Coughlan, the current Munster Player of the Year, put in a serious shift as he made 14 carries as well as 9 tackles. Only the Dragons’ Toby Faletau had more carries than Coughlan over the course of the PRO12 weekend. Of course, it is quality rather than quantity that a player’s ball-carrying should be judged on and Coughlan was not found wanting in that regard. His try from a scrum five metres out showed the No.8′s strength. His support line to take Ian Keatley’s offload in the build up to Zebo’s try showed his intelligence.

At 31, Coughlan is uncapped for Ireland and likely to remain so. He has been involved with the Ireland Sevens set-up, playing in the 2009 Sevens World Cup. His late start to professional rugby means he has never been seriously considered for a senior cap. His importance to Munster is indicated by the fact that he has been involved in all but 2 matches this season. Coughlan’s man of the match performance against Treviso showed exactly why he will continue to be so important.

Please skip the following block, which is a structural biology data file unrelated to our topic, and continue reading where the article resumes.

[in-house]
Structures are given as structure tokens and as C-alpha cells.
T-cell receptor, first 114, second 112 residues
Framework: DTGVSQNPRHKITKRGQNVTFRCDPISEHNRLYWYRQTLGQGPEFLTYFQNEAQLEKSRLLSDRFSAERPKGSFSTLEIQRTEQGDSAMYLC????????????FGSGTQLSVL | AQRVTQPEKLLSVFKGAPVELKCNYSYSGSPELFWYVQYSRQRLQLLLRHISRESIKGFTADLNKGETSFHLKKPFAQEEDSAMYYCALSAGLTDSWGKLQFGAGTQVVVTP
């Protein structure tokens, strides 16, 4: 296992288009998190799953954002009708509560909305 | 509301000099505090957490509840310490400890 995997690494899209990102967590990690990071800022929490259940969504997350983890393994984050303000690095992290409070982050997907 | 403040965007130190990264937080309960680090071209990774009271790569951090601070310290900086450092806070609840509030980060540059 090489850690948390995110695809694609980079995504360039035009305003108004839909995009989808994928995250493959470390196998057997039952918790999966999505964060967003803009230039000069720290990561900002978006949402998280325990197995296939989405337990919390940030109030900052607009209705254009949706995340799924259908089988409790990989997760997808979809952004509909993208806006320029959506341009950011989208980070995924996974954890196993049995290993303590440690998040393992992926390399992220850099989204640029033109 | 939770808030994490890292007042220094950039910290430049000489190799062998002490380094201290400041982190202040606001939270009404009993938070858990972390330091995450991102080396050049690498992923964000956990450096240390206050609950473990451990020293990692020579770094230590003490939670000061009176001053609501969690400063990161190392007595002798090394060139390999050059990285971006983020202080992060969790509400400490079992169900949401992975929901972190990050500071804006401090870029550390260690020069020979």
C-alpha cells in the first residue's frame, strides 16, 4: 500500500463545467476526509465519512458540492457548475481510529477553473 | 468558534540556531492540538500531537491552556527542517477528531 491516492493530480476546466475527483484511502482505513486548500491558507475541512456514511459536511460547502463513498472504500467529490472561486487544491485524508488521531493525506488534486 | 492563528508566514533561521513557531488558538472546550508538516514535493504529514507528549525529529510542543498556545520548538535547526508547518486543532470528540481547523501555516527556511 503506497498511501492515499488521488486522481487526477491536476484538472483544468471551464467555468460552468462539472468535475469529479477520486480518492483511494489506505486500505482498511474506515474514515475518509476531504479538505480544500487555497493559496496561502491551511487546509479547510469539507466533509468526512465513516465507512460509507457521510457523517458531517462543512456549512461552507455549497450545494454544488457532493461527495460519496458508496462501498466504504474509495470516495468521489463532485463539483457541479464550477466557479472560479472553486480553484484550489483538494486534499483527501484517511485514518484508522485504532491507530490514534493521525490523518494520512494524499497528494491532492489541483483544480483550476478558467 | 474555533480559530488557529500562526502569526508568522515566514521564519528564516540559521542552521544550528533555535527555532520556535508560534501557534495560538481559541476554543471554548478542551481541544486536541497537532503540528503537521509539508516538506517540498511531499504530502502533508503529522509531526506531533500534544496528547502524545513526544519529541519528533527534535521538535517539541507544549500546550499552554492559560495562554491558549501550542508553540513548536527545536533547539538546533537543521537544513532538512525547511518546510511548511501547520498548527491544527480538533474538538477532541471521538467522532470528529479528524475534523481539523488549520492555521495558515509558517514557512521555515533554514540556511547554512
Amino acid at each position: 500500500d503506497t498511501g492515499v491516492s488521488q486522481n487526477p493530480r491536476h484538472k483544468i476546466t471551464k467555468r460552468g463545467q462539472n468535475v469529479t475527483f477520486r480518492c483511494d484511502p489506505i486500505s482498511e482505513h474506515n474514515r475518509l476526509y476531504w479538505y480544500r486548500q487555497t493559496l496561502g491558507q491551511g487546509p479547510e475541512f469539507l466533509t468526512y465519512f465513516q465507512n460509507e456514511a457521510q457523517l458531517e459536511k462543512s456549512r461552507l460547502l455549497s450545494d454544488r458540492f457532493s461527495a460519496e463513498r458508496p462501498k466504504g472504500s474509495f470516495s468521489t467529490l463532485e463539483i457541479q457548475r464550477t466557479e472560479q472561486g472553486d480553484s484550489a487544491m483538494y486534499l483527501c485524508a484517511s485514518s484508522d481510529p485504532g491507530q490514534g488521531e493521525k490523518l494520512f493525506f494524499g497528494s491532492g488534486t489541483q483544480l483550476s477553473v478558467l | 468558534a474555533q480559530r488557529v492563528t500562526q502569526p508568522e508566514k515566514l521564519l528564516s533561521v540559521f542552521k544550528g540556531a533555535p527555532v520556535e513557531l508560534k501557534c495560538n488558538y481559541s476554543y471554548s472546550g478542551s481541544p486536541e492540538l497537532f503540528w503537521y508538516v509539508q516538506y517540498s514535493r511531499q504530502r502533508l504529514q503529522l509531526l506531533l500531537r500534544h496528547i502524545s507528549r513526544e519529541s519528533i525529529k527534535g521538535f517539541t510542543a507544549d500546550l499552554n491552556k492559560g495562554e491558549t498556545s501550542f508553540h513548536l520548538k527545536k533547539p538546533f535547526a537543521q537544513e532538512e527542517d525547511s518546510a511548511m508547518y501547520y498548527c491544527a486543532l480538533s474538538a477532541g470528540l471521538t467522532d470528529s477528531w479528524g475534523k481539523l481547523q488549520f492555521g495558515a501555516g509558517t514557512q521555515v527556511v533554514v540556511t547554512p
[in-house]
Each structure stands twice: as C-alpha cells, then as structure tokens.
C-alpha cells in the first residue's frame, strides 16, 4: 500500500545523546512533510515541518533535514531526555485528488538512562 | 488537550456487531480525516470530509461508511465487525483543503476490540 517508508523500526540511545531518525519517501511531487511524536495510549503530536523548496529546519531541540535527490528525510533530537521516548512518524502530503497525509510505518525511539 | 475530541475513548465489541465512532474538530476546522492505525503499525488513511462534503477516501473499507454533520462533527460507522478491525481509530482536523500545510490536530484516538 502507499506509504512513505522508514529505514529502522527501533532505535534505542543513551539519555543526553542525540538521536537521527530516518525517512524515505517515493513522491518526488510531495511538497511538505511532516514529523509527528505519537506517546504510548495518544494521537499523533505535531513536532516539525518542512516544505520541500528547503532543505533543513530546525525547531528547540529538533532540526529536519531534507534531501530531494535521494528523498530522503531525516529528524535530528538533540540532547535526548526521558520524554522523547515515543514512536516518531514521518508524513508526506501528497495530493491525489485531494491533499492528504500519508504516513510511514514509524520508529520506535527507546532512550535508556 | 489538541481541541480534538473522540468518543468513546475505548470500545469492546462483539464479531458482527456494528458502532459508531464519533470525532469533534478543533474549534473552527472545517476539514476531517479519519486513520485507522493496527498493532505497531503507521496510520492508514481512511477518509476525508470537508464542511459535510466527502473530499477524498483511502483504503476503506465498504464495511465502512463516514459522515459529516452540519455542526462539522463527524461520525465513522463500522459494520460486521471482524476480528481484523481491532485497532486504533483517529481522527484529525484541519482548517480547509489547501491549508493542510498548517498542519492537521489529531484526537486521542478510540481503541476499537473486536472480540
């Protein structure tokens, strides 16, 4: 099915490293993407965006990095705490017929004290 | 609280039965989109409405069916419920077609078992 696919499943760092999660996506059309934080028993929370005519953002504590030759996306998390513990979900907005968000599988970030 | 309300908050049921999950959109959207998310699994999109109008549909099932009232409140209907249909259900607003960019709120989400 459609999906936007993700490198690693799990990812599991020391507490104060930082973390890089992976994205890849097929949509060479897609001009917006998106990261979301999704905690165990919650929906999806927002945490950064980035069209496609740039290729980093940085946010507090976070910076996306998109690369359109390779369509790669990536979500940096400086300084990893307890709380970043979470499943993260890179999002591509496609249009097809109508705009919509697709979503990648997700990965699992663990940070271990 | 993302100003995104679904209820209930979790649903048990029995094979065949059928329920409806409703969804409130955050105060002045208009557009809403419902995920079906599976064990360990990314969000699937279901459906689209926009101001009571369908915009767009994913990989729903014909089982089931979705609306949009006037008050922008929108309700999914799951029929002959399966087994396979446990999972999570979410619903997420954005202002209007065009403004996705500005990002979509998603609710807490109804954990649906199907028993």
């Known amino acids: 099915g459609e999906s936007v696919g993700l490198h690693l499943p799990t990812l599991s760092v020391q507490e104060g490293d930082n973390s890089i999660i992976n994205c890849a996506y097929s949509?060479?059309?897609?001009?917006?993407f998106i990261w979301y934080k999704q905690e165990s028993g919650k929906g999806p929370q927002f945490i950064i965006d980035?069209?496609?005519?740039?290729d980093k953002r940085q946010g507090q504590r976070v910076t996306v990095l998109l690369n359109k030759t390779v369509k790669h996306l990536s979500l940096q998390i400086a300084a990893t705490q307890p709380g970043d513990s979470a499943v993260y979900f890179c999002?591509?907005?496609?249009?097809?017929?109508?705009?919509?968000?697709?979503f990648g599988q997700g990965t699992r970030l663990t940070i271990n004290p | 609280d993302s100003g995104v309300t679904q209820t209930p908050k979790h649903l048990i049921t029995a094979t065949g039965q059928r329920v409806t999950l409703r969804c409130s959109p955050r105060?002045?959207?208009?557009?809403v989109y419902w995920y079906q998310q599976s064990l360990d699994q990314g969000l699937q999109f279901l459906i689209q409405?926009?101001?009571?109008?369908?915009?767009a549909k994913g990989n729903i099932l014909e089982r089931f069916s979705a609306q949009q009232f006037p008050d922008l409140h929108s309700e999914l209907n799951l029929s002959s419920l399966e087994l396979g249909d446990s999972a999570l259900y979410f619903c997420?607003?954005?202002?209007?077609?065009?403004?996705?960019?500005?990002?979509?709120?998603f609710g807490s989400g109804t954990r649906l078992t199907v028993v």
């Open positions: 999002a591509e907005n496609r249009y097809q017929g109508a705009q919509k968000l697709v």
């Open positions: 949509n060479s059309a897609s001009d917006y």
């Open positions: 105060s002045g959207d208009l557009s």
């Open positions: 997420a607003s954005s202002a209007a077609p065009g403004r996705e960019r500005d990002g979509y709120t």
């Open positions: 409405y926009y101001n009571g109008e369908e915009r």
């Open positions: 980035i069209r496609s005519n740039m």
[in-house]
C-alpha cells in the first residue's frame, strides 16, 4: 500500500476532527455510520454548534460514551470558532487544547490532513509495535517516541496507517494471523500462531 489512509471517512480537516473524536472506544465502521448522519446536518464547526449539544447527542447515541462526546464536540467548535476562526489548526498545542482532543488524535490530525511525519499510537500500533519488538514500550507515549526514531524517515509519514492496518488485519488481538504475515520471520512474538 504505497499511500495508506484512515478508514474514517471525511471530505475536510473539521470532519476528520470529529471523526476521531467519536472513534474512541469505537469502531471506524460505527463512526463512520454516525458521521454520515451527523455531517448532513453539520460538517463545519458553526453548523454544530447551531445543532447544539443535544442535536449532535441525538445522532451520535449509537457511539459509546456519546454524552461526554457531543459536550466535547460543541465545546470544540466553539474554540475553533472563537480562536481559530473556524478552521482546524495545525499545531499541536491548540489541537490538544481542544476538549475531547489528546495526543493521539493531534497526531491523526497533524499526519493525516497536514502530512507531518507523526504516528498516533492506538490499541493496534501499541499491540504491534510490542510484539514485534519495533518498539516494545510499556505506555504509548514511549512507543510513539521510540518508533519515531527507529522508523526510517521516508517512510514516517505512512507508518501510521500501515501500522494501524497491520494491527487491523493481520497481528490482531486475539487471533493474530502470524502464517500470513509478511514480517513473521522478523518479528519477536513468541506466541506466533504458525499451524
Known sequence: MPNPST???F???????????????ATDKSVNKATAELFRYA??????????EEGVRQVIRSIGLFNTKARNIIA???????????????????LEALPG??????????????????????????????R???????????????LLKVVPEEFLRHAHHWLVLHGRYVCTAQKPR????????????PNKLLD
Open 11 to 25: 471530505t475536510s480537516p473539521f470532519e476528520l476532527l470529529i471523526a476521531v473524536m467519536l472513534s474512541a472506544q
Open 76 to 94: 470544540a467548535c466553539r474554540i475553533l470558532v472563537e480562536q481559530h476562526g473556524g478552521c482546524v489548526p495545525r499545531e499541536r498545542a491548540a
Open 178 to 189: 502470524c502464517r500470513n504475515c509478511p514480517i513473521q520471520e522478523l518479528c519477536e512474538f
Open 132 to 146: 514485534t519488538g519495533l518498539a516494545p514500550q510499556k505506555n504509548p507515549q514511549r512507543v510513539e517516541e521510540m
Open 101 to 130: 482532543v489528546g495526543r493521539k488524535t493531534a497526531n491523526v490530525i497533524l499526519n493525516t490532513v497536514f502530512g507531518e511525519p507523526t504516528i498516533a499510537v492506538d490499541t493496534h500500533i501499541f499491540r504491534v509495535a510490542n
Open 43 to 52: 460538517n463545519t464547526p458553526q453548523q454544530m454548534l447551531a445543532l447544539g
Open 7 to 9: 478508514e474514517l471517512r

Coughlan’s key stats vs. Treviso:

Kick/run/pass: 0/3/14     Metres gained on ball: 64     Clean line-breaks: 2       Defenders beaten: 3     Tackles made/missed: 9/1

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Paul Marshall

As highlighted before here in Four on Form, Marshall has been one of Ulster’s best players this season. The return of Ruan Pienaar has meant that the diminutive scrumhalf has been relegated to a back-up role in recent weeks. Coming off the bench to replace the injured Ian Humphreys after twenty minutes of Ulster’s 42-20 win over Edinburgh on Friday night, Marshall showed exactly why he deserves inclusion in the starting fifteen.

The 26-year-old was centrally involved in all four of Ulster’s tries. For the first, his crisp, clean service allowed Pienaar to release Darren Cave, who offloaded to Rory Best for the score. The second try all began with Marshall’s perfect, hanging box kick. The height on the kick allowed Andrew Trimble to chase and reclaim the ball. From there, Stephen Ferris provided the scoring-pass for Tuohy.

Marshall showed his ability to snipe as he set up the third try for Trimble. From an Ulster maul, the scrumhalf somehow managed to slip down the blindside, showing his pace before releasing Trimble to burn past Tim Visser. Marshall’s pace was again on display for the fourth try. He recovered an Edinburgh knock on just outside Ulster’s 22 and raced past several defenders before intelligently interchanging passes with Trimble and putting Cave through to touch down.